Toy Hunting: Five LEGO Holy Grails

Collecting toys can be a wild ride, with various factors unpredictably affecting a toy’s value. But LEGO products are historically reliable, climbing in value year after year, thanks in part to the company’s practice of retiring sets after about two years. Check out these five LEGO sets that stand out as collectors’ Holy Grails.

LEGO Star Wars 10179 Millennium Falcon

This list of sets includes those desirable, but somewhat unattainable pieces – the ones that every fan dreams of owning. It is arguable whether the Ultimate Collector Series (UCS) edition of Han Solo’s vessel still fits that bill, as a new version was released last year with a new set number and bigger price tag. But to the old school toy collector, it is all about owning the original – who would want a re-issue when they know the first version is out there?

When it was released in 2007, 10179 Millennium Falcon was the largest ever LEGO set with 5197 pieces and priced accordingly at £349.99. The set was designed to be in scale with the minifigures, so Han Solo, Chewbacca, Luke Skywalker and Leia Organa could all fit inside the cockpit. Once it was retired, the set rose in value on the aftermarket at a phenomenal rate, eventually changing hands for ten times the original retail price. The very rarest version of this set is part of the ‘first edition’ run, limited to 10,000, featuring a unique emblem on the box and certificate of authenticity.

LEGO 3450 Statue of Liberty

Many of the LEGO sets released in the early 2000s targeted at collectors were sculpture based – it would take the LEGO Group a while longer to realise how much adults liked sets to be in minifigure scale – and it seems they did not have huge production runs. While the sets may not have been popular at the time (not helped by them only being available as catalogue mail order releases), they are now a novelty from almost 20 years ago.

Although a few of these types of sets were released, 3450 Statue of Liberty is the one that captured the minds of collectors, with the price of this landmark steadily rising since its release in 2000. Using 2,882 basic bricks, it is a nice change of pace from the modern sets that focus on utilising a variety of bespoke elements from across the LEGO building system.

LEGO 10182 Café Corner

The mid to late noughties produced a few sets that have gone on to be eye-wateringly expensive and universally adored, primarily because it was a time when the LEGO Group was riding high again and willing to experiment with sets that may appeal more to the mature connoisseur as well as the usual school age target audience.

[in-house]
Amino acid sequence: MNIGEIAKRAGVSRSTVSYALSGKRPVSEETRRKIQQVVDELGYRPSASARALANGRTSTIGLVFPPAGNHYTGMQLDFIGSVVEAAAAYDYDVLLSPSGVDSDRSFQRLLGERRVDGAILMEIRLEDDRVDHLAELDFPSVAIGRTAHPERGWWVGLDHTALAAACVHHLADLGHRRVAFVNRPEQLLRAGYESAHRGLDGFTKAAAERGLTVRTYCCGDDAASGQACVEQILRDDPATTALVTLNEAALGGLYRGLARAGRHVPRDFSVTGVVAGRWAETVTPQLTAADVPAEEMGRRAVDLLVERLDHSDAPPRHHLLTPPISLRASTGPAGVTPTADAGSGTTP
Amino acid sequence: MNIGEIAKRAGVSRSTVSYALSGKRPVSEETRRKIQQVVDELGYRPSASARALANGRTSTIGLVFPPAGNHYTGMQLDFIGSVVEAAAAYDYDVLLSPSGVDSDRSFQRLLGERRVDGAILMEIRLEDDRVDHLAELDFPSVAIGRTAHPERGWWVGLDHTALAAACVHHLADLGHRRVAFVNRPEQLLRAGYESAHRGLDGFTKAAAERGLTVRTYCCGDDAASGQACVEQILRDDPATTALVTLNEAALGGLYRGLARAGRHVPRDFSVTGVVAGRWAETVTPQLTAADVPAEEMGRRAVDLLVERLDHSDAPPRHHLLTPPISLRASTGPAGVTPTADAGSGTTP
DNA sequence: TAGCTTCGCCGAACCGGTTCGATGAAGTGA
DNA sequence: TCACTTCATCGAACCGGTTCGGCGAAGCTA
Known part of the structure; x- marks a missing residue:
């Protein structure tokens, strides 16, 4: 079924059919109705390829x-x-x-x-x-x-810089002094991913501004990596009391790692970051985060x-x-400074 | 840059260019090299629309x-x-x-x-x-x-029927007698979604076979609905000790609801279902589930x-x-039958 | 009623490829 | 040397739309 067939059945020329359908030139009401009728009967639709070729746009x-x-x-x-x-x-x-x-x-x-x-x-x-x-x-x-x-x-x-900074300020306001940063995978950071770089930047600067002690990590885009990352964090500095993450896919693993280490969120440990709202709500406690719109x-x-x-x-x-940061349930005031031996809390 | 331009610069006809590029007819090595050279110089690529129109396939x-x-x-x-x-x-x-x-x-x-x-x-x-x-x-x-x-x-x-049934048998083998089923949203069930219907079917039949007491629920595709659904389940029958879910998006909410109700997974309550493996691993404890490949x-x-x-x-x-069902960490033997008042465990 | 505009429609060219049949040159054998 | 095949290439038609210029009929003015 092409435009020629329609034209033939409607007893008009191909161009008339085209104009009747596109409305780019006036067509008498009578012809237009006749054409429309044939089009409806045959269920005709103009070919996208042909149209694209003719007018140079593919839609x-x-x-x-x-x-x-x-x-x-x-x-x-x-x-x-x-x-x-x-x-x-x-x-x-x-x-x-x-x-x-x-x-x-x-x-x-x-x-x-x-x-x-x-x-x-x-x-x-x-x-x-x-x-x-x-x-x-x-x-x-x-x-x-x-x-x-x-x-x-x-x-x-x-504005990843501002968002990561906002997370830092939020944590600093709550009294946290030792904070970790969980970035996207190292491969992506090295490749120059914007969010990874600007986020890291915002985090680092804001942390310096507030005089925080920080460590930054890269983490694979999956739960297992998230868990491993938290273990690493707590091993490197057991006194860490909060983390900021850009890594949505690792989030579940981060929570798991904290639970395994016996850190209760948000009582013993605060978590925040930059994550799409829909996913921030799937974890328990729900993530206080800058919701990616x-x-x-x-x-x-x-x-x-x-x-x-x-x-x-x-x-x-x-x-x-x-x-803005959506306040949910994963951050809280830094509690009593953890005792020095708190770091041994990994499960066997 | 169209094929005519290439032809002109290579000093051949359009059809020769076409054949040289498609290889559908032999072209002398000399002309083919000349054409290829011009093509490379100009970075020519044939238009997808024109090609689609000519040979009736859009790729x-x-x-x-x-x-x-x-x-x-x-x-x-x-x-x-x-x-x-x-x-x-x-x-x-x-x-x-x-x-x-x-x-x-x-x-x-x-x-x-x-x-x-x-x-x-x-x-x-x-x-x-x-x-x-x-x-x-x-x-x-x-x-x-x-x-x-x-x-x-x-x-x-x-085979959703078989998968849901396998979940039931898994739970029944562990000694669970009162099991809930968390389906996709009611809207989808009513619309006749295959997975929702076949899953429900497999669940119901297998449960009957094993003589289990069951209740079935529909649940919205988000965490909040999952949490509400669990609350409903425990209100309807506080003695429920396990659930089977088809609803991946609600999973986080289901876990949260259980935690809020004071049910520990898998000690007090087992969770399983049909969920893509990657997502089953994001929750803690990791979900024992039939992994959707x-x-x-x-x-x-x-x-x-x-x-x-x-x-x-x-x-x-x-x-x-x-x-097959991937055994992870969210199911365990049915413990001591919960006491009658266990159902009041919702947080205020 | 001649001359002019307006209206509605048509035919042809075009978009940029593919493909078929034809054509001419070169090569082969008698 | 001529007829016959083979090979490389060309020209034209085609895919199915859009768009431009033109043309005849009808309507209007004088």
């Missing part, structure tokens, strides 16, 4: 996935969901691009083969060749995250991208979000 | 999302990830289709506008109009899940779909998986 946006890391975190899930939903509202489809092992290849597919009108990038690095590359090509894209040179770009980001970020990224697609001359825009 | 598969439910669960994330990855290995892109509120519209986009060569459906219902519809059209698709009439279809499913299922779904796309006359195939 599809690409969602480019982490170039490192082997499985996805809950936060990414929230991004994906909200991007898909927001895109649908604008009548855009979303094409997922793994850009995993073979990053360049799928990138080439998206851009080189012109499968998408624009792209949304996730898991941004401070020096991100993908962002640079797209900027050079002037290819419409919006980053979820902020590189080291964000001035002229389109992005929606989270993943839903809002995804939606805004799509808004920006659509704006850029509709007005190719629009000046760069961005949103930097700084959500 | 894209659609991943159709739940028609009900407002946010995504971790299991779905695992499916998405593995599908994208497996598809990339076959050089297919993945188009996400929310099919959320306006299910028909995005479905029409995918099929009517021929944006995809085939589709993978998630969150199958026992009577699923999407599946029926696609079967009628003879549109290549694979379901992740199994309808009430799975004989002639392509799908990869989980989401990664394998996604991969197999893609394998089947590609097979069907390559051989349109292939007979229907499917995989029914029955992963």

For years, collectors dreamt of detailed, minifigure scale sets, and it finally happened with the launch of 10182 Café Corner. It was the first of the modular building line, a series of sets that are released annually and can be combined to create a detailed, minifigure scale street. While recent releases make Café Corner look a little dated and less impressive than it was ten years ago, it is still the original and does not come cheap on the aftermarket.

LEGO Batman 7783 The Batcave: The Penguin and Mr. Freeze’s Invasion

As well as having rather wordy titles, the LEGO Batman sets released in 2006 and 2007 became extremely expensive once they were retired. The sales did not set the world on fire while they were available to buy, but once they had disappeared from toy store shelves and children were playing LEGO Batman: The Video Game, the popularity soared – as did the Amazon marketplace prices. Things settled a little bit once the LEGO Group brought Batman back, but these now classic sets still cost way, way more than their original retail prices.

7783 The Batcave was undoubtedly the set to get from the initial batch of LEGO Batman sets and seemed to have been influenced by classic Kenner playsets. Once built, it may not have been the most attractive display set, but it was packed full of play potential and included an excellent selection of minifigures.

LEGO 10189/10256 Taj Mahal

The UCS Millennium Falcon was not the largest LEGO set for long, as India’s most famous landmark was released in 2008 with a 5922 piece count. The set gained an extra boost of publicity when footballing superstar David Beckham mentioned building it in an interview, but with the kind of money he earns he could afford the £199.99 price. At the time, that was an unusually expensive LEGO set – today, sets at that price are released several times a year. It was not the most collectors were willing to pay though, as the aftermarket saw it sell for thousands rather than hundreds in subsequent years.

10189 may have become unattainable to most, but the LEGO Group were ready to drop a surprise this year and take the unusual step of re-releasing a retired set. 10256 Taj Mahal is not a remake like 75192 Millennium Falcon, but a straight-up re-release, aside from some minor changes to the parts (as some piece had been replaced in the intervening decade).

Graham Hancock is a toy collector and deputy editor of Blocks magazine.

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